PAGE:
15 October 2009

They can never take our Freedom

They, of course, being the security staff at Birmingham International. The liquids ban on flights is a real pain for the beer traveller, and not only directly. When my sister came over to Dublin from Brum she picked me up a bottle of Freedom Organic Lager at an airside kiosk, asking them to leave the cap on. Oddly enough, they did, so the bottle reached Dublin intact and has been languishing in my fridge for a while now. I finally got round to opening it last weekend.

Turns out it was just three days before the best-before date, and I'm fairly sure it suffered from my tardiness. It fizzed enthusiastically out of the bottle but settled quickly, leaving a bright gold, slightly hazy, body where the carbonation is definitely on the light side letting the malt shine through. And shine it does: this is a sweet caramelly lager with quite a full and smooth texture. Very little hops are in evidence, and the only flaw I can detect is a certain staleness which in all probability is caused by the bottle's antiquity. Fresh, I bet it's a cracker, of the decent everyday sort.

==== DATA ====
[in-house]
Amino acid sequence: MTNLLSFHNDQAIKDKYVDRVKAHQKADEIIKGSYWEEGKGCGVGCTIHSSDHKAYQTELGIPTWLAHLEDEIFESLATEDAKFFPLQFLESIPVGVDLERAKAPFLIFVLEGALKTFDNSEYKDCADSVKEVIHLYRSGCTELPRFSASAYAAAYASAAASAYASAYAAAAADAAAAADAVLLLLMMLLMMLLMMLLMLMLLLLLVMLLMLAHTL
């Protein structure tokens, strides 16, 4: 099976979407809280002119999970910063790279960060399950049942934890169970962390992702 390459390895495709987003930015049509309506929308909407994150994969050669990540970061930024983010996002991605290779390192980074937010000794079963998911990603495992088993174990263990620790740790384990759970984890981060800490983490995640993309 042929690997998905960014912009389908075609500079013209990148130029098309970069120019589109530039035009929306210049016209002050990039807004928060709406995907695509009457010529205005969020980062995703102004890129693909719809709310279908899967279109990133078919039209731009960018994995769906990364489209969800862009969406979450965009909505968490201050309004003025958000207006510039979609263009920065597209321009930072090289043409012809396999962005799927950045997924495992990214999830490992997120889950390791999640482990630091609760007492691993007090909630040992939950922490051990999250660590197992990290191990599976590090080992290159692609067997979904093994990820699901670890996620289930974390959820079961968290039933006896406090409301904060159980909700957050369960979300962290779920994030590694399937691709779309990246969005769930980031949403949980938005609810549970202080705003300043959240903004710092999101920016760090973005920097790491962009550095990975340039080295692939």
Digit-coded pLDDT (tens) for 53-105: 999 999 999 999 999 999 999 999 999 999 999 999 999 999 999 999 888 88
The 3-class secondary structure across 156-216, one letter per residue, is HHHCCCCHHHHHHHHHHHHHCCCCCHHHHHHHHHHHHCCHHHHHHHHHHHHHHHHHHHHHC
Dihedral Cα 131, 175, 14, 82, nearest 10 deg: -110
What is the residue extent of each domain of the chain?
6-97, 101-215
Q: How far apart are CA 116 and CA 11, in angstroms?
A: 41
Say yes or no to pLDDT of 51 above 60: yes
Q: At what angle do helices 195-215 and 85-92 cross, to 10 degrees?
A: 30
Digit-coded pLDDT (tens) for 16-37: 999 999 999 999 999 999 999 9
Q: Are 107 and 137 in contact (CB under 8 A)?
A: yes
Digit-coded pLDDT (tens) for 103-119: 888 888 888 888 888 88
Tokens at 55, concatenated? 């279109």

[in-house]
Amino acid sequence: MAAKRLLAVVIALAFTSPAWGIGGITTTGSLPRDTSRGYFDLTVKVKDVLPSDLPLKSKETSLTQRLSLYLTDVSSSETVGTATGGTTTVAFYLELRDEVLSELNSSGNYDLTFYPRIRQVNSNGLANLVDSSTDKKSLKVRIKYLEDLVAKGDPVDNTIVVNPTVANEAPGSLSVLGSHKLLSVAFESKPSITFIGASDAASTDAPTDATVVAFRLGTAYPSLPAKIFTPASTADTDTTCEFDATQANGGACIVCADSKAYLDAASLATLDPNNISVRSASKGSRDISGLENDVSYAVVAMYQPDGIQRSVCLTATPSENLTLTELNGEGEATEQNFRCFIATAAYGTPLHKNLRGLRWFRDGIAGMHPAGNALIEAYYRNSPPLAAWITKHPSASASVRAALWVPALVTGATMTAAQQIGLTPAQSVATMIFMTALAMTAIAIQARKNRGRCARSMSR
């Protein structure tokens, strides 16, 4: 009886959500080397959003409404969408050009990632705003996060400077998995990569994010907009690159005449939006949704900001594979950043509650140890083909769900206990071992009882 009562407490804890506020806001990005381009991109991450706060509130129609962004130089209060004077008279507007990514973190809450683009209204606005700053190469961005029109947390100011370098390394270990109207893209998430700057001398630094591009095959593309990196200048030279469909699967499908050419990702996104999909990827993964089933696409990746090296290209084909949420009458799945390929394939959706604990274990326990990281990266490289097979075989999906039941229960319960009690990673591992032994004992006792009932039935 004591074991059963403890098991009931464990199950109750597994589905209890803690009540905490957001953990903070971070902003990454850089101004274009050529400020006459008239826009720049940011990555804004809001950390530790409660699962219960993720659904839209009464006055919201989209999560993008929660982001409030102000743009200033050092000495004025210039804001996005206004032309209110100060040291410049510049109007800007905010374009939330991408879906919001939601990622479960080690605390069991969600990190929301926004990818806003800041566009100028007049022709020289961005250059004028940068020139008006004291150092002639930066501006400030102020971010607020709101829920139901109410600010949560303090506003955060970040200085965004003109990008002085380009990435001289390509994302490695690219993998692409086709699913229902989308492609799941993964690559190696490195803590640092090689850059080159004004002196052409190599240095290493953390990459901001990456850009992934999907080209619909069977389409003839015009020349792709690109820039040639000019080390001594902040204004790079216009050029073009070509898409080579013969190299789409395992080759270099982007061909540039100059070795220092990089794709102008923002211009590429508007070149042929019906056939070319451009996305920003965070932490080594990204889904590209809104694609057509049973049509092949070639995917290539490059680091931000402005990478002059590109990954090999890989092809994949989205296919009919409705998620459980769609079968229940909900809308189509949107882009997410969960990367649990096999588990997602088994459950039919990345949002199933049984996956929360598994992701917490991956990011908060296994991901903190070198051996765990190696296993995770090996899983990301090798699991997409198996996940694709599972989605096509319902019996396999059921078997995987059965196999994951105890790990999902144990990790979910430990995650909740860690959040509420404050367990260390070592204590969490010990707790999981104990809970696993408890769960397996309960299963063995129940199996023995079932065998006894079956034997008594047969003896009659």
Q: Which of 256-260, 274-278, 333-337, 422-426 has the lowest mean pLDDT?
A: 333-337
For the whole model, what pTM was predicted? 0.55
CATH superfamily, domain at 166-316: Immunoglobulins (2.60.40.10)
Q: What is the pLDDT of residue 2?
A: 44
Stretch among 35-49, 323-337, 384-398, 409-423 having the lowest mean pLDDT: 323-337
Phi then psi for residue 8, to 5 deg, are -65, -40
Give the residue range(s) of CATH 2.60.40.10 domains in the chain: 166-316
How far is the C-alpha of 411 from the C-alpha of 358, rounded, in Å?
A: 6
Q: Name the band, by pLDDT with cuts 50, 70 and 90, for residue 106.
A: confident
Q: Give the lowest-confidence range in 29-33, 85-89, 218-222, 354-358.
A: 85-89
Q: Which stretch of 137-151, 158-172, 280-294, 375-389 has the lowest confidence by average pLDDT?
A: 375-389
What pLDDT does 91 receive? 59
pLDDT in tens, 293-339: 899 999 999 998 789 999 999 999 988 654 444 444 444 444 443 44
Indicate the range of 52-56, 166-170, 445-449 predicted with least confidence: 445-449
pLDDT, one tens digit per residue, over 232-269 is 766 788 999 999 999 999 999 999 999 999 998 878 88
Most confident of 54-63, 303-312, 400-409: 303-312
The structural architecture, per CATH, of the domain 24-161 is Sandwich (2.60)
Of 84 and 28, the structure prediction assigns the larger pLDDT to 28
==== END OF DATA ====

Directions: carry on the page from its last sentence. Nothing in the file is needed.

There's some great beer to be had in the English midlands, and not all of it's ale.

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